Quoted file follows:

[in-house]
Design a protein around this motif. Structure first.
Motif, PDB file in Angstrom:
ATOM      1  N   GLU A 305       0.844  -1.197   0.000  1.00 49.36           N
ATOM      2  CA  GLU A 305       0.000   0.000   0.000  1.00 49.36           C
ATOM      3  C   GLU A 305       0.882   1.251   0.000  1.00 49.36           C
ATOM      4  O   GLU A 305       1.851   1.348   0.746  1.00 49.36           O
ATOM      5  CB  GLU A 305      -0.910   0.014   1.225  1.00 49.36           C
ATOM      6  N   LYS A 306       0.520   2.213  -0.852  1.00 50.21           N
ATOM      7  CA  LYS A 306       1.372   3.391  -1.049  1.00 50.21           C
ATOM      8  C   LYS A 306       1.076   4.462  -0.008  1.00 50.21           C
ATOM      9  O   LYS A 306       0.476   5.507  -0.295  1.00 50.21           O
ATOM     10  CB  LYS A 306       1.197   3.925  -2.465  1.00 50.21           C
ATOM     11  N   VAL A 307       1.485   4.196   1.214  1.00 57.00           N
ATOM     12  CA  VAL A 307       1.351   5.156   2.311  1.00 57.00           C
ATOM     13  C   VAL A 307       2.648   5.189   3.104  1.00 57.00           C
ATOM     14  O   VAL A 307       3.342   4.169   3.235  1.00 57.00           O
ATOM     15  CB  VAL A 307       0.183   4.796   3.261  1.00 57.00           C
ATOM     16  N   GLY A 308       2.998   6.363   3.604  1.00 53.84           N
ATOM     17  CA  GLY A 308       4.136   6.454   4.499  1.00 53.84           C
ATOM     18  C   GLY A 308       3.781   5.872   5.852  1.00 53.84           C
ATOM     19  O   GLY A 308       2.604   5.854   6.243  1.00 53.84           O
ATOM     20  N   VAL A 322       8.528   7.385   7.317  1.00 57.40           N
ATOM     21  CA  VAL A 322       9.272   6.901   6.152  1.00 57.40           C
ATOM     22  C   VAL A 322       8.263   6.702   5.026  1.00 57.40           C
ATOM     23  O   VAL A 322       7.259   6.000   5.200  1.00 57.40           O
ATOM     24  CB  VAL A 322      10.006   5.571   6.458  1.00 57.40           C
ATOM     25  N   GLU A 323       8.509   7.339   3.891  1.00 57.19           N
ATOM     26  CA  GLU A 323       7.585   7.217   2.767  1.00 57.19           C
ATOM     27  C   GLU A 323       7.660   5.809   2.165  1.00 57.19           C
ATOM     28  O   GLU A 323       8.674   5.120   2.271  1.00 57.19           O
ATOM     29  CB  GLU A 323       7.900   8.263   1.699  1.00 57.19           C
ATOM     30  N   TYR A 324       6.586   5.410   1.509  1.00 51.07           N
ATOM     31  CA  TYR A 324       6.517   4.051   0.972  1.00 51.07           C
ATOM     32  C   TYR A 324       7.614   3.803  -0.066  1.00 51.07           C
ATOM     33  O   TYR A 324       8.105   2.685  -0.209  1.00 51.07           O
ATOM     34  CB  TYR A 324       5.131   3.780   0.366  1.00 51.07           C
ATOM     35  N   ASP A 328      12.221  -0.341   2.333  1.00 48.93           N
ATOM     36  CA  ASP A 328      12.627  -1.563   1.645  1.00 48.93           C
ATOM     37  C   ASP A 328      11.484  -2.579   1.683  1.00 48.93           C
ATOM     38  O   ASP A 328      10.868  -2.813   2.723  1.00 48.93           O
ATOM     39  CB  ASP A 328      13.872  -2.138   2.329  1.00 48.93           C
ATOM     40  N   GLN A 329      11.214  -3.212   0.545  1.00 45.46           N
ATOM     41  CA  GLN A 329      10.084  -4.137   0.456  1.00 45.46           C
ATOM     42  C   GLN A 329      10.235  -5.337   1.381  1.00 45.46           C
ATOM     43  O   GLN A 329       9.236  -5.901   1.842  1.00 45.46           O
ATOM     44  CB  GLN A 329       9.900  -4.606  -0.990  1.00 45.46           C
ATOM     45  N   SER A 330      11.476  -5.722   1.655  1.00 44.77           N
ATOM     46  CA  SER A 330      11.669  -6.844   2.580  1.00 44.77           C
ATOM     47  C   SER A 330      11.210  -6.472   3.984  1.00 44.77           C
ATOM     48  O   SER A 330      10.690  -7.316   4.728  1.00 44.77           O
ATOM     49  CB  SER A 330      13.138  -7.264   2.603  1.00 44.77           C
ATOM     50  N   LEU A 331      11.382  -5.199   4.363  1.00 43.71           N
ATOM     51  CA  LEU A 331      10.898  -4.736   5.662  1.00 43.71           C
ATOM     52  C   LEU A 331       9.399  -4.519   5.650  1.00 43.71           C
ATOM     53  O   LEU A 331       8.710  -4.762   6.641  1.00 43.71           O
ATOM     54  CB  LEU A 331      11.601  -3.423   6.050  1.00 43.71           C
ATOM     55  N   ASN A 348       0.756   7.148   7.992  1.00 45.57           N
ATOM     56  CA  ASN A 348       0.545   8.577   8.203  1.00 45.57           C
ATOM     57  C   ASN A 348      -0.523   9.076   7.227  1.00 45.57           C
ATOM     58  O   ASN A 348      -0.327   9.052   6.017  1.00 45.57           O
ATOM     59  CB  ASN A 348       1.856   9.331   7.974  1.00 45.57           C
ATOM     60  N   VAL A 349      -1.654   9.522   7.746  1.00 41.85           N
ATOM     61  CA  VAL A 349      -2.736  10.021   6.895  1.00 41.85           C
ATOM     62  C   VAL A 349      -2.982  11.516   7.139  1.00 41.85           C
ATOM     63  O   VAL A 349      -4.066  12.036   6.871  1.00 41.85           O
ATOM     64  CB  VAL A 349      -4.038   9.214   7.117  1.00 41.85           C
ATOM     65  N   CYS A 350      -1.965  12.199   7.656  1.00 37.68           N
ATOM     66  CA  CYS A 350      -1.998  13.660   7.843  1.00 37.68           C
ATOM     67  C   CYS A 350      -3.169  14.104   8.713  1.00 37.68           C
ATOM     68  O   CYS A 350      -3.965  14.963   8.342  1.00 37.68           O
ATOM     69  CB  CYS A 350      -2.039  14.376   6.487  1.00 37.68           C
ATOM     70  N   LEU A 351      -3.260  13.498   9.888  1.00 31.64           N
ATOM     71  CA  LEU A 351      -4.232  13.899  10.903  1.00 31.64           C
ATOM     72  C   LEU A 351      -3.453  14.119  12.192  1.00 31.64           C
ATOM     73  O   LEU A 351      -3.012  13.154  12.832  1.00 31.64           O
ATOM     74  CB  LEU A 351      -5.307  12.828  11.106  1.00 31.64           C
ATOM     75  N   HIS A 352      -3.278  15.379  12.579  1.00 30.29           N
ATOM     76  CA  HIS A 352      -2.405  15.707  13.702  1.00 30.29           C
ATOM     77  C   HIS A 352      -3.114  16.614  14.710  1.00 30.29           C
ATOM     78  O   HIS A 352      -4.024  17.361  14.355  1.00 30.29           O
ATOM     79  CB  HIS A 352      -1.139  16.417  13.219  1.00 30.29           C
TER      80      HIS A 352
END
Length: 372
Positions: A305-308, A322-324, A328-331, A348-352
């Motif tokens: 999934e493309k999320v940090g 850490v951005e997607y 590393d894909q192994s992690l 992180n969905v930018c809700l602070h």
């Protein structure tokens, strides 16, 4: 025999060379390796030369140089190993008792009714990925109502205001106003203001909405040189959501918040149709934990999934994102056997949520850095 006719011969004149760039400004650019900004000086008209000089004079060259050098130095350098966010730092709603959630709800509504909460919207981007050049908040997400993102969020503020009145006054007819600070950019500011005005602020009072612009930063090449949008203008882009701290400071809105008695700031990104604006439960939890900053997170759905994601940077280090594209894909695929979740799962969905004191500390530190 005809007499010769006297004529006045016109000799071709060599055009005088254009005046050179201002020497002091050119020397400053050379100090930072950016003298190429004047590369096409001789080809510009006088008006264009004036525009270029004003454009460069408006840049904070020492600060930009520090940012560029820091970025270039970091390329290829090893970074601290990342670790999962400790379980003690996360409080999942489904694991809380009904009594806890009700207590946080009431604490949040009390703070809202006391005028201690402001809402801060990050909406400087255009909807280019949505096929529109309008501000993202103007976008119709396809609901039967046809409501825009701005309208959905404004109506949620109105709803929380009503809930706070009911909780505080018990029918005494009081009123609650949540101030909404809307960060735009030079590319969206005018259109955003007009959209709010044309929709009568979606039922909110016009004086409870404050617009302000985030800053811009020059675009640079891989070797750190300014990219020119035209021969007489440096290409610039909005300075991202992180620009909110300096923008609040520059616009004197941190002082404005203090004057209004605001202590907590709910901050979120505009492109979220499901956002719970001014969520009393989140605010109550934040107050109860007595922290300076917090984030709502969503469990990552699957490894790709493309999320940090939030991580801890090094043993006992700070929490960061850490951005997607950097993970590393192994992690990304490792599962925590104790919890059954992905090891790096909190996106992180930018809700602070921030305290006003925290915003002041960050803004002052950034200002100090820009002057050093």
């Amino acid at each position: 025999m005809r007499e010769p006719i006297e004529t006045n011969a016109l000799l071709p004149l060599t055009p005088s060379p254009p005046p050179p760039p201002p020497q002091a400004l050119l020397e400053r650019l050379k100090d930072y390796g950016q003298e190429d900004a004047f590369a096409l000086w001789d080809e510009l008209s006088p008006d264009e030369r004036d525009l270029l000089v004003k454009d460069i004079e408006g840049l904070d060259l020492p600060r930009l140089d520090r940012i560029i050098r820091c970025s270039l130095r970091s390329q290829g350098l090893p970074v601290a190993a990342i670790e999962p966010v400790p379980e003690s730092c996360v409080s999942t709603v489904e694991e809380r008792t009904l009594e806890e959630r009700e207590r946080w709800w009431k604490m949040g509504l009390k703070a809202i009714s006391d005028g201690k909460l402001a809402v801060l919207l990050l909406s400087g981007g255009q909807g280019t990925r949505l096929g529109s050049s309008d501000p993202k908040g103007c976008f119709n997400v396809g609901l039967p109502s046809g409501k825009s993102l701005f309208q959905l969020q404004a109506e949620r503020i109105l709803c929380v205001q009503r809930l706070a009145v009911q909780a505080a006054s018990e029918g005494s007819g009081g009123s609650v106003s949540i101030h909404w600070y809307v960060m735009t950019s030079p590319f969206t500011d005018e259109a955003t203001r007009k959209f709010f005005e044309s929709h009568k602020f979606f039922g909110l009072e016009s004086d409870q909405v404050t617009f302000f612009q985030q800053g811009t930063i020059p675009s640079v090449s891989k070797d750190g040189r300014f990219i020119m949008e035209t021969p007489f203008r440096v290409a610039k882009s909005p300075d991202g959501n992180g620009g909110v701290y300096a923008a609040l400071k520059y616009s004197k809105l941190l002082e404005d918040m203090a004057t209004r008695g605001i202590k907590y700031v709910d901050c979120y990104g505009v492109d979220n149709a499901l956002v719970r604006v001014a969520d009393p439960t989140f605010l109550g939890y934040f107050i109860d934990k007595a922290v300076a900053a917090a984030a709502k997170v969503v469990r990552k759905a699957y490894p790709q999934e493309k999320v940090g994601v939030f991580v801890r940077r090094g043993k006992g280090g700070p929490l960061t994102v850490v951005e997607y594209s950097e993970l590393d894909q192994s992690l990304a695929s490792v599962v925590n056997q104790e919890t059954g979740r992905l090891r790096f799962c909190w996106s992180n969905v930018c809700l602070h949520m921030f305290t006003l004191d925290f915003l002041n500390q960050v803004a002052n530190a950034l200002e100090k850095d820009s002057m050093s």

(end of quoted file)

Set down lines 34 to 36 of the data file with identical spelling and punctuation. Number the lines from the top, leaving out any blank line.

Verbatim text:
ATOM     31  CA  TYR A 324       6.517   4.051   0.972  1.00 51.07           C
ATOM     32  C   TYR A 324       7.614   3.803  -0.066  1.00 51.07           C
ATOM     33  O   TYR A 324       8.105   2.685  -0.209  1.00 51.07           O